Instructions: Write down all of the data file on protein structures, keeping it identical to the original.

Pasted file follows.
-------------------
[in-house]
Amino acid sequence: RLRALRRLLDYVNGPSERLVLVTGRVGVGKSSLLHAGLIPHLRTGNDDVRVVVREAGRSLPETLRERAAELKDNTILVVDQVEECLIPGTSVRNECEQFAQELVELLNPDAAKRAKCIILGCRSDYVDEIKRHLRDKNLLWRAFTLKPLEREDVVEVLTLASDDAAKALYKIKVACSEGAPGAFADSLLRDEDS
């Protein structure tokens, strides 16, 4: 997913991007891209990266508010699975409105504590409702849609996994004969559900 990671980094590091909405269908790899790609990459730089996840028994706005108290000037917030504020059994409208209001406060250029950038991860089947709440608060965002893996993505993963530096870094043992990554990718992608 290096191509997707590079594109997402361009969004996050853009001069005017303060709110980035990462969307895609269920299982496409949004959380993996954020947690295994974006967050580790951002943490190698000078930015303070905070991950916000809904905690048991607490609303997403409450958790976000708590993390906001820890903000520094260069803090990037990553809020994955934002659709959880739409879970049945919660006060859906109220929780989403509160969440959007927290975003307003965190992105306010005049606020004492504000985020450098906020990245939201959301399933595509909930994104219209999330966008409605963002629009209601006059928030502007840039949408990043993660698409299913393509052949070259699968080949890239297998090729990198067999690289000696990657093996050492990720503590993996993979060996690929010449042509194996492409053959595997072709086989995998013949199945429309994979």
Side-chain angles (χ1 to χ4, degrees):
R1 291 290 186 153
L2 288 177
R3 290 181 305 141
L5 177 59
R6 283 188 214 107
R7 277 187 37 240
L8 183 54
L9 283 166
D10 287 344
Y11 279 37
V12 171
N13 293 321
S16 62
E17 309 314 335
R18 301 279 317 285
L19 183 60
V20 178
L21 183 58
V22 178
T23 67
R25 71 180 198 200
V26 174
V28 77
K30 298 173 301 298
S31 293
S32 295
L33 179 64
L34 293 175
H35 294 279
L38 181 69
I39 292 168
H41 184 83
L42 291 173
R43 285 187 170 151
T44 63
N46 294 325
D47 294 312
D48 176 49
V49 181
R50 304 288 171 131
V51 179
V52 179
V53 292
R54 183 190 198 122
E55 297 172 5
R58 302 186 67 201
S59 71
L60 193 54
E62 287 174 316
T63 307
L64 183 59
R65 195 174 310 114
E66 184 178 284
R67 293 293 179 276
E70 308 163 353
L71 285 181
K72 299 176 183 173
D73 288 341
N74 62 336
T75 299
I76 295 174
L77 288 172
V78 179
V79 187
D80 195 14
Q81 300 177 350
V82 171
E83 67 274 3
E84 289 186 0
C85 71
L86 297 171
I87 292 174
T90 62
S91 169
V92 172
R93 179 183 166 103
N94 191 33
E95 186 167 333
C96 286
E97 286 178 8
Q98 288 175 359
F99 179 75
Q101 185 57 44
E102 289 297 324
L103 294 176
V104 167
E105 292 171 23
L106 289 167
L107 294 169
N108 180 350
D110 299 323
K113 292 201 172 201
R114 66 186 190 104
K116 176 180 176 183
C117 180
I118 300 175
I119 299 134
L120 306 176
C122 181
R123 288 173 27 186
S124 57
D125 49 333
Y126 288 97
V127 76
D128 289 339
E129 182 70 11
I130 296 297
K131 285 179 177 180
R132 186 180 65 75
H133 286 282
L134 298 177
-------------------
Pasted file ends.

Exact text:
[in-house]
Amino acid sequence: RLRALRRLLDYVNGPSERLVLVTGRVGVGKSSLLHAGLIPHLRTGNDDVRVVVREAGRSLPETLRERAAELKDNTILVVDQVEECLIPGTSVRNECEQFAQELVELLNPDAAKRAKCIILGCRSDYVDEIKRHLRDKNLLWRAFTLKPLEREDVVEVLTLASDDAAKALYKIKVACSEGAPGAFADSLLRDEDS
């Protein structure tokens, strides 16, 4: 997913991007891209990266508010699975409105504590409702849609996994004969559900 990671980094590091909405269908790899790609990459730089996840028994706005108290000037917030504020059994409208209001406060250029950038991860089947709440608060965002893996993505993963530096870094043992990554990718992608 290096191509997707590079594109997402361009969004996050853009001069005017303060709110980035990462969307895609269920299982496409949004959380993996954020947690295994974006967050580790951002943490190698000078930015303070905070991950916000809904905690048991607490609303997403409450958790976000708590993390906001820890903000520094260069803090990037990553809020994955934002659709959880739409879970049945919660006060859906109220929780989403509160969440959007927290975003307003965190992105306010005049606020004492504000985020450098906020990245939201959301399933595509909930994104219209999330966008409605963002629009209601006059928030502007840039949408990043993660698409299913393509052949070259699968080949890239297998090729990198067999690289000696990657093996050492990720503590993996993979060996690929010449042509194996492409053959595997072709086989995998013949199945429309994979």
Side-chain angles (χ1 to χ4, degrees):
R1 291 290 186 153
L2 288 177
R3 290 181 305 141
L5 177 59
R6 283 188 214 107
R7 277 187 37 240
L8 183 54
L9 283 166
D10 287 344
Y11 279 37
V12 171
N13 293 321
S16 62
E17 309 314 335
R18 301 279 317 285
L19 183 60
V20 178
L21 183 58
V22 178
T23 67
R25 71 180 198 200
V26 174
V28 77
K30 298 173 301 298
S31 293
S32 295
L33 179 64
L34 293 175
H35 294 279
L38 181 69
I39 292 168
H41 184 83
L42 291 173
R43 285 187 170 151
T44 63
N46 294 325
D47 294 312
D48 176 49
V49 181
R50 304 288 171 131
V51 179
V52 179
V53 292
R54 183 190 198 122
E55 297 172 5
R58 302 186 67 201
S59 71
L60 193 54
E62 287 174 316
T63 307
L64 183 59
R65 195 174 310 114
E66 184 178 284
R67 293 293 179 276
E70 308 163 353
L71 285 181
K72 299 176 183 173
D73 288 341
N74 62 336
T75 299
I76 295 174
L77 288 172
V78 179
V79 187
D80 195 14
Q81 300 177 350
V82 171
E83 67 274 3
E84 289 186 0
C85 71
L86 297 171
I87 292 174
T90 62
S91 169
V92 172
R93 179 183 166 103
N94 191 33
E95 186 167 333
C96 286
E97 286 178 8
Q98 288 175 359
F99 179 75
Q101 185 57 44
E102 289 297 324
L103 294 176
V104 167
E105 292 171 23
L106 289 167
L107 294 169
N108 180 350
D110 299 323
K113 292 201 172 201
R114 66 186 190 104
K116 176 180 176 183
C117 180
I118 300 175
I119 299 134
L120 306 176
C122 181
R123 288 173 27 186
S124 57
D125 49 333
Y126 288 97
V127 76
D128 289 339
E129 182 70 11
I130 296 297
K131 285 179 177 180
R132 186 180 65 75
H133 286 282
L134 298 177